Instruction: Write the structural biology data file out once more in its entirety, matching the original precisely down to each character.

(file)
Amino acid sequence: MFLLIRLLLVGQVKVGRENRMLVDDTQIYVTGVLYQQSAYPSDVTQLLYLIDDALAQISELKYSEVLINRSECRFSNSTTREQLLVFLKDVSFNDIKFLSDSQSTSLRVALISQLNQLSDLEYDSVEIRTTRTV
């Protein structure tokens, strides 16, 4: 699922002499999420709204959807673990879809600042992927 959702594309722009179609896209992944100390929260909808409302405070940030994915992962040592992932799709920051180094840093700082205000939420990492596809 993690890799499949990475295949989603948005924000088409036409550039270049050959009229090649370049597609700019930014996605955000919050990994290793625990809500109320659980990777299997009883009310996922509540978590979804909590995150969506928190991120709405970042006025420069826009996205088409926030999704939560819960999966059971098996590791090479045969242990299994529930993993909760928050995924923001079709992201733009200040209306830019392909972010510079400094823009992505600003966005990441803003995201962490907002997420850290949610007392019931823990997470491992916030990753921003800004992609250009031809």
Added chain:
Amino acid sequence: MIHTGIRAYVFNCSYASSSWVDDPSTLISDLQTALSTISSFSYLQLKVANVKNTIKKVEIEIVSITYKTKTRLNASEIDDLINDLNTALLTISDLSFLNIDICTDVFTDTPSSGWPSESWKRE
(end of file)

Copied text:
Amino acid sequence: MFLLIRLLLVGQVKVGRENRMLVDDTQIYVTGVLYQQSAYPSDVTQLLYLIDDALAQISELKYSEVLINRSECRFSNSTTREQLLVFLKDVSFNDIKFLSDSQSTSLRVALISQLNQLSDLEYDSVEIRTTRTV
């Protein structure tokens, strides 16, 4: 699922002499999420709204959807673990879809600042992927 959702594309722009179609896209992944100390929260909808409302405070940030994915992962040592992932799709920051180094840093700082205000939420990492596809 993690890799499949990475295949989603948005924000088409036409550039270049050959009229090649370049597609700019930014996605955000919050990994290793625990809500109320659980990777299997009883009310996922509540978590979804909590995150969506928190991120709405970042006025420069826009996205088409926030999704939560819960999966059971098996590791090479045969242990299994529930993993909760928050995924923001079709992201733009200040209306830019392909972010510079400094823009992505600003966005990441803003995201962490907002997420850290949610007392019931823990997470491992916030990753921003800004992609250009031809």
Added chain:
Amino acid sequence: MIHTGIRAYVFNCSYASSSWVDDPSTLISDLQTALSTISSFSYLQLKVANVKNTIKKVEIEIVSITYKTKTRLNASEIDDLINDLNTALLTISDLSFLNIDICTDVFTDTPSSGWPSESWKRE